It’s that time of year again — when all of the pundits, bloggers, and Max Headroom-like “voices of the future” spout off their thanks for all things tech and nerdy. Not one to jump on every bandwagon that comes along — I wanted to point out the things that the open source and Linux community have to be thankful for.
#1 Red Hat
Red Hat has not only proved that Linux software can turn a serious profit, it was also part and parcel to the early success of the Linux operating system. During the freshmen years of Linux, the open source platform wouldn’t have enjoyed nearly the success it did without Red Hat. Back then, the fedora-sporting distribution was one of the single most popular distributions on the planet and helped to keep Linux on pace with other platforms. Had Red Hat not been around, Linux might not be perched on the precipice of serious success that it is now.
#2 Mark Shuttleworth
Though hated by many, Mark Shuttleworth helped to bring to the public one of the single most user friendly distributions on the planet. Yes, Shuttleworth made some serious ripples in the Linux community when he dropped GNOME as the default desktop of Ubuntu, but the move will eventually prove to be a brilliant one. Shuttleworth has become one of the brightest figureheads in the Linux community and will eventually have Canonical and Ubuntu sitting in a similar seat as Red Hat enjoys now.
Over eight million users cannot be ignored. Facebook is served up thanks to the LAMP platform and without Linux and open source, this social network phenom wouldn’t exist. Yes, the majority of users enjoy Facebook on the Windows platform, but were it not for Linux and open source, they wouldn’t be enjoying it at all.
Another big coup for Linux that most people don’t see is blogging platforms. One of the biggest blogging platforms on the planet is WordPress. Not only is WordPress run on the Linux platform, it’s also open source. Currently there are over fifty-seven million word press sites across the planet. Those statistics cannot be denied. Period.
Imagine the IT landscape without Apache! That’s a fairly bleak world, having to rely on the likes of IIS. And even beyond the cost of IIS is the lack of reliability. If the world’s websites depended upon anything other than Apache, the web would be a lot less enjoyable. 404 would be a very popular number.
This has only recently come about, but Valve’s porting of Steam to Linux holds some serious future gains. Games. It’s one of the spaces in which Linux has always suffered. The beta for Steam on Linux has opened (most likely all 1,000 spots filled) and soon the full release will be available. It’s my prediction that once the games start flooding in — the tables, well, they might just turn.
This one is a tough one — only because you can’t discount OpenOffice (and even StarOffice — if you can remember back that far). But at the moment, LibreOffice is the truest, brightest star in the open source office suite landscape. No, LibreOffice hasn’t ripped MS Office out of the cold, dead fingers of the world of business, but it’s working hard to prove that MS Office is not the only game in town. I hope, someday soon, LibreOffice will enjoy a much more eye-to-eye view with small to medium businesses.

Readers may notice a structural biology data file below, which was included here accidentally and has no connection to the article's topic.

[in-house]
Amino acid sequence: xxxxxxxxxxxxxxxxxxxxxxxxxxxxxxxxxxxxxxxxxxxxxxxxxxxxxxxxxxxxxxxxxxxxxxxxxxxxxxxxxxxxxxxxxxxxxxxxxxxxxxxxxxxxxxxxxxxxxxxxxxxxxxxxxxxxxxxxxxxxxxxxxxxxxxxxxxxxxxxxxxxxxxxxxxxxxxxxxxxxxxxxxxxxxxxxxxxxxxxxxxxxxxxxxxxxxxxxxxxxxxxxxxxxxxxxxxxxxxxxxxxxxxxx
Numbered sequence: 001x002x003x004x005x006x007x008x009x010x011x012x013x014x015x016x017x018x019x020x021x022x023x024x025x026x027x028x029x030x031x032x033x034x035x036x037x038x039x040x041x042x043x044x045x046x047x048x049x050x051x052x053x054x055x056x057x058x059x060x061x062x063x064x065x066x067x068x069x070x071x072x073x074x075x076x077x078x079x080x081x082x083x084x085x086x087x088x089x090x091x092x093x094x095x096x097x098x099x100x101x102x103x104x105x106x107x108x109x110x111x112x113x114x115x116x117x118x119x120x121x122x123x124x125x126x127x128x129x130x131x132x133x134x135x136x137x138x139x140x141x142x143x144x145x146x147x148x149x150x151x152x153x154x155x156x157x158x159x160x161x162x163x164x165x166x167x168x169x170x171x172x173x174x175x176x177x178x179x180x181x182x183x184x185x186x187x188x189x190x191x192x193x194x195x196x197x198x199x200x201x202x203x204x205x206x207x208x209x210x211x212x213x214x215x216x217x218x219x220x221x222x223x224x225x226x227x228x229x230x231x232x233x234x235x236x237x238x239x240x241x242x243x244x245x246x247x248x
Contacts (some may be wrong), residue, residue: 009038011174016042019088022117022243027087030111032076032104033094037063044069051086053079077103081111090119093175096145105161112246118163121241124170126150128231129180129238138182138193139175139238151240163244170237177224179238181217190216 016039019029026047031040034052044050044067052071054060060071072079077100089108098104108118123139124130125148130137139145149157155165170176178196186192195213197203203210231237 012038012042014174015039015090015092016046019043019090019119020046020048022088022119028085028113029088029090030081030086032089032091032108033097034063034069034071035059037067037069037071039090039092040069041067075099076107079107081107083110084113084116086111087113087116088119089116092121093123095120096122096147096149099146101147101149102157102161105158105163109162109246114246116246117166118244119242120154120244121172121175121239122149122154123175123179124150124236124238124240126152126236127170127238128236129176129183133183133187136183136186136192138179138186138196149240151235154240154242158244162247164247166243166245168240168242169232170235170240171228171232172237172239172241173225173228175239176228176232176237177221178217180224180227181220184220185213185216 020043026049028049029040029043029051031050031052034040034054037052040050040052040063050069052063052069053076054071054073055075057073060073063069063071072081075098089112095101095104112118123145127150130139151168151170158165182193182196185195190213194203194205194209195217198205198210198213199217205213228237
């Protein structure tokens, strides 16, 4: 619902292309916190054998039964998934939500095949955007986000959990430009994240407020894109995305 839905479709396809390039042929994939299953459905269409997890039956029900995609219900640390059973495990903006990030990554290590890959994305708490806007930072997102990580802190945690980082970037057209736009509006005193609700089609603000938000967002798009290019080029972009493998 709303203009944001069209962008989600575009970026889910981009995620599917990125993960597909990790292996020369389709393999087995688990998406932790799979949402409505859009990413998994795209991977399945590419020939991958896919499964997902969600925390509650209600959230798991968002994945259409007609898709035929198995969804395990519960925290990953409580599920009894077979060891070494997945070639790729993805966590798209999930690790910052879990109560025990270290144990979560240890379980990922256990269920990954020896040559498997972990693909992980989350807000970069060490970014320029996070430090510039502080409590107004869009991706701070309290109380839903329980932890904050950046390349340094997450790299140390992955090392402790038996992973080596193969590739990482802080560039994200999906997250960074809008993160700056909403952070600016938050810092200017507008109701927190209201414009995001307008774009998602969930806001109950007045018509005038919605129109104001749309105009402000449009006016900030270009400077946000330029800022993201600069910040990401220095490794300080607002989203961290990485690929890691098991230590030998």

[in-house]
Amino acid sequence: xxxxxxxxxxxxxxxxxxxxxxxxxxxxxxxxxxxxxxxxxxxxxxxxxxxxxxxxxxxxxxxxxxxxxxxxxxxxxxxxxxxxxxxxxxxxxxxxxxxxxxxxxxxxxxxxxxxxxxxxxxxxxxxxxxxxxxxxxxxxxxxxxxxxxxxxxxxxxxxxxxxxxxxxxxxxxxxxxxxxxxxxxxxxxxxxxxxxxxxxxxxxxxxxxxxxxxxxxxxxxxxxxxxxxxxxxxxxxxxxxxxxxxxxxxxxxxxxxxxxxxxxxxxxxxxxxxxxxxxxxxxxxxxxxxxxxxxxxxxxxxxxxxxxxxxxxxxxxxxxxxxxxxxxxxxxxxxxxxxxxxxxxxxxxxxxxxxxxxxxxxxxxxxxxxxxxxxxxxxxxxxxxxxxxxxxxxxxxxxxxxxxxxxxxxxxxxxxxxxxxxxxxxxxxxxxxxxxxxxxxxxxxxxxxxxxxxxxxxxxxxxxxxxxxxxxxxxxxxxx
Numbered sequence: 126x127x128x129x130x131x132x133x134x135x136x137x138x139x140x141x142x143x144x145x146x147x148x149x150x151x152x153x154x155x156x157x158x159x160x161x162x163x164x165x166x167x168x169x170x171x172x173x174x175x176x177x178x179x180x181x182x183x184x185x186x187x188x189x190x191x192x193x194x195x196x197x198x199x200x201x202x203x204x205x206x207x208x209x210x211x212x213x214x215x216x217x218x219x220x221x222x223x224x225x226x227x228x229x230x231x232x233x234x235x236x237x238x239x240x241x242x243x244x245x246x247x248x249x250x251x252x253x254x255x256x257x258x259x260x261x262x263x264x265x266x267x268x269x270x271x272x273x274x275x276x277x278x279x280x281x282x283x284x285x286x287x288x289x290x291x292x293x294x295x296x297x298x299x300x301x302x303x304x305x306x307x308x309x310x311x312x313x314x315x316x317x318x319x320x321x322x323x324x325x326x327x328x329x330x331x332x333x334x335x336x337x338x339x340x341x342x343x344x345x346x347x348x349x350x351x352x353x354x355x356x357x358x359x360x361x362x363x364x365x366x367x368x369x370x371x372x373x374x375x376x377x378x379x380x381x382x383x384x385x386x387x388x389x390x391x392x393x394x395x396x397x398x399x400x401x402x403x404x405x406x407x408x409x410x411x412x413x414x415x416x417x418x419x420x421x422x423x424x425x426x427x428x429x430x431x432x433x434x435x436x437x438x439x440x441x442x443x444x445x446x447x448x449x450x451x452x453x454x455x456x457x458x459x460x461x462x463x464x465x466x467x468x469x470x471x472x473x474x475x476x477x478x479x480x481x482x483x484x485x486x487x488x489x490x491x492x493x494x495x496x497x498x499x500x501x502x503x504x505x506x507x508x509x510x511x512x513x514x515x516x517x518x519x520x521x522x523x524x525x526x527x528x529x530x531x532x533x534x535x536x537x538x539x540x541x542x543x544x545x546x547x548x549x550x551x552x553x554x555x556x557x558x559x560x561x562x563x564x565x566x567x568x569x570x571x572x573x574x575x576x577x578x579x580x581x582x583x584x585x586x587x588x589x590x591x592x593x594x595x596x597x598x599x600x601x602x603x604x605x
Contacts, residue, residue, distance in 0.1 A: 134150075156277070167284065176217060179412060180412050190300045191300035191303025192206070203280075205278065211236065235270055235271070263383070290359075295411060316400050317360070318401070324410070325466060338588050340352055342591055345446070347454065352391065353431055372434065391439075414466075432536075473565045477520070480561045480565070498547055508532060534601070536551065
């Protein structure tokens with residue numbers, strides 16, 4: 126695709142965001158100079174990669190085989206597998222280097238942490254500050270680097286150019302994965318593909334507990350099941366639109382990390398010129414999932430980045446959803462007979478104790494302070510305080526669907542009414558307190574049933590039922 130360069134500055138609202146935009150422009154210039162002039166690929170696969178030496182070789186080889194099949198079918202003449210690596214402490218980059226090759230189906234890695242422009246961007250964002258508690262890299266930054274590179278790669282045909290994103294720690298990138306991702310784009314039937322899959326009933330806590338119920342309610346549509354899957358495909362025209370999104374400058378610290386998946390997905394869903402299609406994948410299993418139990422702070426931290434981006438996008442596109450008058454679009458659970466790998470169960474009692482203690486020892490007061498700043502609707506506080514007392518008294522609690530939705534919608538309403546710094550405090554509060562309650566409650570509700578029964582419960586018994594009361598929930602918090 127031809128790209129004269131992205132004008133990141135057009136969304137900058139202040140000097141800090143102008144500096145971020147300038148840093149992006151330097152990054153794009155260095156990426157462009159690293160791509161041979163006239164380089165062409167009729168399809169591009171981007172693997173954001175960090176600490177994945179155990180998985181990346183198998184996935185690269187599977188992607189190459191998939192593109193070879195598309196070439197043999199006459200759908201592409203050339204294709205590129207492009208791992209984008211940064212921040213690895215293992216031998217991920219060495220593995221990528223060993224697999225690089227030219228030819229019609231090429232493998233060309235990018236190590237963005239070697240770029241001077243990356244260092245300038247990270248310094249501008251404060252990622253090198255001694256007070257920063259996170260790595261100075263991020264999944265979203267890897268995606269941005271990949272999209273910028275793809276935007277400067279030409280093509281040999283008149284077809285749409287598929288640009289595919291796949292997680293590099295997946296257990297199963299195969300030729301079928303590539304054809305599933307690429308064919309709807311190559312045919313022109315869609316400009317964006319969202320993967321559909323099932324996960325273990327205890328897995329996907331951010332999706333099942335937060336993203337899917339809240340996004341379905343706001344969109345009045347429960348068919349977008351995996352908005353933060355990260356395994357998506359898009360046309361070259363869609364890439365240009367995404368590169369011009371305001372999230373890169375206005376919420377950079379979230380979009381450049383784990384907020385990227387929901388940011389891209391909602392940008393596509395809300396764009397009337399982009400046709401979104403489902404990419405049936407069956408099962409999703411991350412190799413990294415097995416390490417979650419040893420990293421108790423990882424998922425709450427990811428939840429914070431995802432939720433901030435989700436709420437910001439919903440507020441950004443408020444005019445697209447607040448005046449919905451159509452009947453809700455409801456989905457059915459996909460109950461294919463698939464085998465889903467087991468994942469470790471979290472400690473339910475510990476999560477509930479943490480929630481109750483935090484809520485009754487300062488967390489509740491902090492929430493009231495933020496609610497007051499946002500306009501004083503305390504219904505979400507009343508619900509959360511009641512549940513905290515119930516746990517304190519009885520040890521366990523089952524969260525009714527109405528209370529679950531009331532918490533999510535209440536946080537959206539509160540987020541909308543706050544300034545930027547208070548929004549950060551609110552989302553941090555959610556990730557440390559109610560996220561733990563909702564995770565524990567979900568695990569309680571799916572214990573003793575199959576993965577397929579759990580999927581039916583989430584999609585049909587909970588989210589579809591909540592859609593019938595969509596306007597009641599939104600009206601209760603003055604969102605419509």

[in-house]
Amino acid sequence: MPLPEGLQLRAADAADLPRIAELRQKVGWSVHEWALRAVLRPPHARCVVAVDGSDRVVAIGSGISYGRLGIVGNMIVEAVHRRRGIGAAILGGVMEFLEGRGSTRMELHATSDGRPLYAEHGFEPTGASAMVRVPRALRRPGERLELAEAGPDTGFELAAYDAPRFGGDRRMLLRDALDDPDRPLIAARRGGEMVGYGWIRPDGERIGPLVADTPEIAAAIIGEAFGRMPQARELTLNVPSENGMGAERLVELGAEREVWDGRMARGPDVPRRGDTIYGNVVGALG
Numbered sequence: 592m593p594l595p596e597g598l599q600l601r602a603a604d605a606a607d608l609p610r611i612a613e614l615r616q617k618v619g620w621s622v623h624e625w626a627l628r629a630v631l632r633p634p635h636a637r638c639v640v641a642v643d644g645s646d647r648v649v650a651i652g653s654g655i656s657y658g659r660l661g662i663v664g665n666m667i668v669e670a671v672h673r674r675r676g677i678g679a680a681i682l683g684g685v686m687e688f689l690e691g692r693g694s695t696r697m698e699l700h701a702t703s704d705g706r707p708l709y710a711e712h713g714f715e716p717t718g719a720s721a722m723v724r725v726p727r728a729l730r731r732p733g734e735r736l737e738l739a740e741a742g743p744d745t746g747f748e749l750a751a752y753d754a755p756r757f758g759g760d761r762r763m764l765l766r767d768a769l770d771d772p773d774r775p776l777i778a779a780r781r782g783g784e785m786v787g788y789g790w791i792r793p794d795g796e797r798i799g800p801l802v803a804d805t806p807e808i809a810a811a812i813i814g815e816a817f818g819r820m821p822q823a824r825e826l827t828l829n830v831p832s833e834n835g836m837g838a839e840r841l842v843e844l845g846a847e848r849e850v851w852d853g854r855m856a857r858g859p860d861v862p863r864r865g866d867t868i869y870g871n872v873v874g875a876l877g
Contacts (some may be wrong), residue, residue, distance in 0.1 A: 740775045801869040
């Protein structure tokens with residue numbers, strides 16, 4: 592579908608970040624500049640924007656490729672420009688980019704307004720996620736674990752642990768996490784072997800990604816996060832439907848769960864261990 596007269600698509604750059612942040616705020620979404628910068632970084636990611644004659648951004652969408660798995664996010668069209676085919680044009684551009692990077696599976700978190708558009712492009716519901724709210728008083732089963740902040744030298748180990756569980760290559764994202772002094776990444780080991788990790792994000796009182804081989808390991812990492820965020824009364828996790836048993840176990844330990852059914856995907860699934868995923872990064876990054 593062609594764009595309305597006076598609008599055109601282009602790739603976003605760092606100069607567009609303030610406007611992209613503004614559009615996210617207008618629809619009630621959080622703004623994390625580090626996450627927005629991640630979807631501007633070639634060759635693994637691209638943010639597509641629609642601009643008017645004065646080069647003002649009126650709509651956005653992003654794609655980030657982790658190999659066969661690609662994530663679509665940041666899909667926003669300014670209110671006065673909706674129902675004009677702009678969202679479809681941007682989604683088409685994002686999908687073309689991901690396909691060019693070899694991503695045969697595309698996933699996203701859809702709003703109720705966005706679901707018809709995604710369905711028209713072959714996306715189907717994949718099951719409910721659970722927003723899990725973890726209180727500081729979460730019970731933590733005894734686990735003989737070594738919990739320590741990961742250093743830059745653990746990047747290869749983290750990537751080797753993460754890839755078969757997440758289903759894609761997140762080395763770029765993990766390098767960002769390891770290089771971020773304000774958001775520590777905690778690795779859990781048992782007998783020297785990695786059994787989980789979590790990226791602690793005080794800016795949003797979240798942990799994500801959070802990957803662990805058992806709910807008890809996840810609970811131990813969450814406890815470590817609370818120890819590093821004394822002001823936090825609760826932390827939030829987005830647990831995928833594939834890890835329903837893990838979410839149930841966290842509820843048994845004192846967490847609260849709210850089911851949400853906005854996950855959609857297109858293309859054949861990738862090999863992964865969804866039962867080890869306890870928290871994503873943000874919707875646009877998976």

Not only does the Google data center run off of a special Linux platform, the majority of its employees use a special Linux desktop platform (you’ve probably heard of it — Goobuntu) that is based on the latest version of Ubuntu. This is really only a special “skin” that sits on top of Ubuntu — but it proves that one of the biggest companies on the planet can (and does) use Linux on the desktop. If Google can, so too can you.
#9 GNOME and KDE
I realize the Linux desktop wars simply aren’t what they once were. And many users refuse to adopt the new Unity desktop (which is a shame — as it it quite an efficient desktop). But the truth of the matter is, Linux wouldn’t be where it is without GNOME and KDE. Oh sure, GNOME might well have jumped the shark a bit on 3, but it’s still alive and still growing. KDE will always be pushing the bar along side GNOME. But without these two desktops, the Linux desktop might well still be suffering the likes of CDE and AfterStep. Yes, at their time they were seriously impressive — but neither has bothered to improve. Even the latest releases of CDE still look and feel like you’re using a desktop circa 1996.
Thought it sounds a bit cheesy (sharp Tillamook Cheddar cheesy even!), you are the one thing Linux and open source has most to be thankful for. You are a community that not only challenges the open source platform, but helps it to improve and remain grounded with the reality of user-friendliness. You have stuck by Linux, through thick and thin. You are the fans, the opposition, the users, the developers, the promoters, the skeptics… without you, Linux and open source would not exist.
In the end, there are so many things to be thankful for. Ultimately Linux and open source is a big, dysfunctional family that works tirelessly to help bring to the masses software it can not only use, but afford. Thank you, everyone, for helping all of this to be a reality.